Help with den pressure part two, molecular weight H2O vs N2 and O2

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So.  More was posted in another thread that got me thinking again.

Den pressure seems to ignore the atmosphere is primarily moisture, diatomic nitrogen, diatomic oxygen, and argon.


This is their molecular weights.

Quote
Nitrogen – 28.0134 g/mol

Oxygen – 31.9988 g/mol

Argon – 39.948 g/mol

https://unacademy.com/content/question-answer/chemistry/what-is-the-molecular-weight-of-air/#:~:text=Air%20is%20a%20mixture%20of%20several%20gasses%20where%20the%20two,carbon%20dioxide%20of%20about%200.03%25.&text=We%20get%2028.96%20g%2Fmol,the%20molecular%20weight%20of%20Air


It seemed strange in the den pressure delusion that makes claims about things with different densities should fall at different rates and atmospheric stacking where on earth the atmosphere has a uniform mixer of gasses of different molecular weights for a given volume?

Then I started to think about the molecular weight of water. 

Quote

18 g/mol

https://www.cmu.edu/gelfand/lgc-educational-media/polymers/what-is-polymer/molecular-weight-calculation.html#:~:text=Using%20the%20periodic%20table%20of,)%20%3D%2018%20grams%2Fmole.



18 g/mol seems relatively light compared to N2 at 28.0134 g/mol and O2 31.9988 g/mol.

Never really made the connection before. 

In round earth, water is liquid at room temperature because of hydrogen bonds? 

(In den pressure where there are no nuclear forces, no gravity, and work can be done without displacing anything, wonder what the madeup replacement for hydrogen bonds will be?)

In den pressure:

One: why doesn’t the atmospheric gasses layer out by molecular weight/densities? Instead of the witnessed uniform mixture? 

Two:  why is water being lighter per molecule liquid at room temp while heavier molecules like diatomic nitrogen and diatomic oxygen are gasses at room temp.

And while water is solid ice, why are the heavier diatomic nitrogen and diatomic oxygen still gasses?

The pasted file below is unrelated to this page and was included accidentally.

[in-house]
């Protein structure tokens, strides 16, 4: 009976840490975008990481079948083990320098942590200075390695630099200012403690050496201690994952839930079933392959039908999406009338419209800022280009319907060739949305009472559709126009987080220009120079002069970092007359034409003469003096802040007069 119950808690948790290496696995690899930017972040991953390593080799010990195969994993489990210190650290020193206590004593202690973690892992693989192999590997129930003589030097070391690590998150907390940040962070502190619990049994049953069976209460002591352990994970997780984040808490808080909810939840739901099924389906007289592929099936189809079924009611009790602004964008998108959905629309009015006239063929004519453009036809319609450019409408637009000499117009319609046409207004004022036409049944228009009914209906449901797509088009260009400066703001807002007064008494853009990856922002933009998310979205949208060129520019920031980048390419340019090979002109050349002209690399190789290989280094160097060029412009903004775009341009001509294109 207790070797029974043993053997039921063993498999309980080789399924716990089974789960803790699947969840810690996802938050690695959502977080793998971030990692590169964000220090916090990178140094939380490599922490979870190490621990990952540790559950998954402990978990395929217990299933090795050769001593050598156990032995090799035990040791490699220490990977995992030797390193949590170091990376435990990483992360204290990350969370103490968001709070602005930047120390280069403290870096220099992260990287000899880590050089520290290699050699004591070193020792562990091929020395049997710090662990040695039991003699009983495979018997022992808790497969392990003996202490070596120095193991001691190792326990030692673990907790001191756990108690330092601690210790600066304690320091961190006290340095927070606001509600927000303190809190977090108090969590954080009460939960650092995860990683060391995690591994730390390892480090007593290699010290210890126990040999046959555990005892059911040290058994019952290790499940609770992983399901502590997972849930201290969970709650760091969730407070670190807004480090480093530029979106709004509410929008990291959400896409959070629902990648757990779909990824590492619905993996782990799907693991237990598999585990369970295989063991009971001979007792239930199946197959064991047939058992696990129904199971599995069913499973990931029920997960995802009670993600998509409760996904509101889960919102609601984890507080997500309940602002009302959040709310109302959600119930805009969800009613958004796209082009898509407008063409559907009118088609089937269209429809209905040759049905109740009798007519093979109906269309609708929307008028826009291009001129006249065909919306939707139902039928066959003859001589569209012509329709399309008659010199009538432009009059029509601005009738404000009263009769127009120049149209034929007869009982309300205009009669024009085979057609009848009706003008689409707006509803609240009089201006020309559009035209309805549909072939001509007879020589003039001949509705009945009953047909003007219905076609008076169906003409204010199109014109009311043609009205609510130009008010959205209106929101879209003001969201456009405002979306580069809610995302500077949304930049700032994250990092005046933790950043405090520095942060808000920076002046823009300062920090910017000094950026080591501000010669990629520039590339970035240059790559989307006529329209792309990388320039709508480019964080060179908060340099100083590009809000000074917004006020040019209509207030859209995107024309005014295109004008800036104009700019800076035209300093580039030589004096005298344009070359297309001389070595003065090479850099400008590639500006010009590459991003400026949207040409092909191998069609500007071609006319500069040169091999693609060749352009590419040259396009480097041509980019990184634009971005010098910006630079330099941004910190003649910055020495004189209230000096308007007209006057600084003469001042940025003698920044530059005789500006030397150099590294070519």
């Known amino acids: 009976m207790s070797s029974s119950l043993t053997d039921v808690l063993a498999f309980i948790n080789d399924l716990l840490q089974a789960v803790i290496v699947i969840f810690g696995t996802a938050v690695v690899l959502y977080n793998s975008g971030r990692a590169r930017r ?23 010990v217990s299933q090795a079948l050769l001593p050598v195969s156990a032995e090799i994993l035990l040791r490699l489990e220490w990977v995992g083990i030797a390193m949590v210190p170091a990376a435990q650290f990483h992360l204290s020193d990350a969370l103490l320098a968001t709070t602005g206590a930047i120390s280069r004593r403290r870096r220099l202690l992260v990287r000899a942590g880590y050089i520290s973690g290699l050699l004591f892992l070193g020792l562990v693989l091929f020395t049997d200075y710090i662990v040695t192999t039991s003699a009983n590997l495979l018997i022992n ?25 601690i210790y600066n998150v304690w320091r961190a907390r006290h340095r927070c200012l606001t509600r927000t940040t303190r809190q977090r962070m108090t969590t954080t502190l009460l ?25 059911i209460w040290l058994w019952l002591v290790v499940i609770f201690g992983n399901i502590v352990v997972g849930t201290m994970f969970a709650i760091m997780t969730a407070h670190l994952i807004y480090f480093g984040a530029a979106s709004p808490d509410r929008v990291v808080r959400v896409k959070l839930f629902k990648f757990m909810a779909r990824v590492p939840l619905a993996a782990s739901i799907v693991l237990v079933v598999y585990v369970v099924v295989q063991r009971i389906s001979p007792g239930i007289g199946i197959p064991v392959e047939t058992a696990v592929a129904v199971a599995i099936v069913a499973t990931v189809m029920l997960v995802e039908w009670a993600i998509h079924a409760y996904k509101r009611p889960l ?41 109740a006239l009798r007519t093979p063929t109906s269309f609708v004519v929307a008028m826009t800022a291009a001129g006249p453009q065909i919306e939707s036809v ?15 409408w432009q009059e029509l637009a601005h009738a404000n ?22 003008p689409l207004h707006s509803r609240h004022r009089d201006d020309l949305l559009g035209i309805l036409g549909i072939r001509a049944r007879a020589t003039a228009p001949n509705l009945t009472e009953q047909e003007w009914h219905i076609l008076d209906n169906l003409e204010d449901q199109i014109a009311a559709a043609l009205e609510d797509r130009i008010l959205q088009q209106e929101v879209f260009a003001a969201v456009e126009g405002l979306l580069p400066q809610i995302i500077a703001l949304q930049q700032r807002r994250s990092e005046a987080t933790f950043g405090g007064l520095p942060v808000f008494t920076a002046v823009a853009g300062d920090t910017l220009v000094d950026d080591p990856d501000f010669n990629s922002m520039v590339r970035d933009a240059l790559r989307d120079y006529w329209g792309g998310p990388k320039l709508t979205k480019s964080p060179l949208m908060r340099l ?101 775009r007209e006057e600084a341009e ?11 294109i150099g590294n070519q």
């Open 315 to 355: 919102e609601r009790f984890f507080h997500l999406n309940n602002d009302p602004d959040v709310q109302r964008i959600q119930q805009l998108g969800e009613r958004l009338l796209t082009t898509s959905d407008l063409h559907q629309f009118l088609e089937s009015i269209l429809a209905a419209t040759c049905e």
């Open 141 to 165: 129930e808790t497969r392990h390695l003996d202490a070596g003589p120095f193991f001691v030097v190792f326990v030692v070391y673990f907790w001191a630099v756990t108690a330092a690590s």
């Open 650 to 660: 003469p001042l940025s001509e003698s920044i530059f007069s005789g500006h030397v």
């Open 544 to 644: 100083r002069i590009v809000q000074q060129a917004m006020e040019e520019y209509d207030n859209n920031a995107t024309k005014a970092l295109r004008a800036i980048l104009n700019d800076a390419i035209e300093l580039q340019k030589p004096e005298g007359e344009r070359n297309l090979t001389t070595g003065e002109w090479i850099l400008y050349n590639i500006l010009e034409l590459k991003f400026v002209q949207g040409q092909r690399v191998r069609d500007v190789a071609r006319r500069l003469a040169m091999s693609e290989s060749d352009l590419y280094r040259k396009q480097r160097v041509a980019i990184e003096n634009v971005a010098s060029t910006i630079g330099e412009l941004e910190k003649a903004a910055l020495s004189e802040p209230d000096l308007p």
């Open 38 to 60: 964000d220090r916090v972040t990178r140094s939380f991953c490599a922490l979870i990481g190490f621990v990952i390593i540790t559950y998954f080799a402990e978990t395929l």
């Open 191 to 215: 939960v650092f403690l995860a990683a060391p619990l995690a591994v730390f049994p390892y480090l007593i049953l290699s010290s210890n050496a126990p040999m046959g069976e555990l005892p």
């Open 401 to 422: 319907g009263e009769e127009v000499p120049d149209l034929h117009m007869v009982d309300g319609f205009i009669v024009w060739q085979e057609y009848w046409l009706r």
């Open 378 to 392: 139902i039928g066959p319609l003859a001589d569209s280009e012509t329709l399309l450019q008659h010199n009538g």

I would think in den pressure, items with heavier molecular weights would be liquids before items with less molecular weight? 

Three: How are lighter water molecules in the oceans “held” down by heavier molecules like N2 and O2?
« Last Edit: May 10, 2023, 12:00:36 PM by DataOverFlow2022 »

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Alexei

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Re: Help with den pressure part two, molecular weight H2O vs N2 and O2
« Reply #1 on: May 10, 2023, 12:03:39 PM »
I haven't studied denpressure yet but I can say that some of the flat earth models do have some errors on them.

Some of them are a bit flawed (which I'll admit) while others make a bit more sense.


Re: Help with den pressure part two, molecular weight H2O vs N2 and O2
« Reply #2 on: May 10, 2023, 03:31:25 PM »
I haven't studied denpressure yet

Good luck with that.

The biggest pusher of den pressure, sceptimatic will not make a thread listing the “laws” of den pressure.  Nor reference a past thread that might list the “laws” of den pressure. Nor list a reference that is laid out in a logical manner.
 
You just have to find where sceptimatic has tried to derail threads.  And made up den pressure add hoc. 


The person can post whole pages trying to change subjects, move goal posts, ignore documented experiments where objects of different densities drop at the same rate, ignore the gas laws, but can’t make one thread logically listings exactly what den pressure is, and how it should work. 


Re: Help with den pressure part two, molecular weight H2O vs N2 and O2
« Reply #3 on: May 10, 2023, 06:59:28 PM »
I haven't studied denpressure yet but I can say that some of the flat earth models do have some errors on them.

Some of them are a bit flawed (which I'll admit) while others make a bit more sense.

You'll have to double check with Sceptimatic, but t'would seem the entire earth under the dome with a flat base that we walk on, is a pressurised den? In this den pressure system, all objects mysteriously move "down" towards the ground, not because of gravity, but just because, and because of the density of their molecular make-up. No explanation is offered as to why denser objects move down, rather than up, or left, or right.

It's a make-up theory all right.

As for molecular weight, well, weight is weight, and weight is only weight because of the gravitational field an object is in. Your weight here on Earth will be far less on the moon. A good place to go if having joined weight watchers.
« Last Edit: May 10, 2023, 07:05:15 PM by Smoke Machine »

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sceptimatic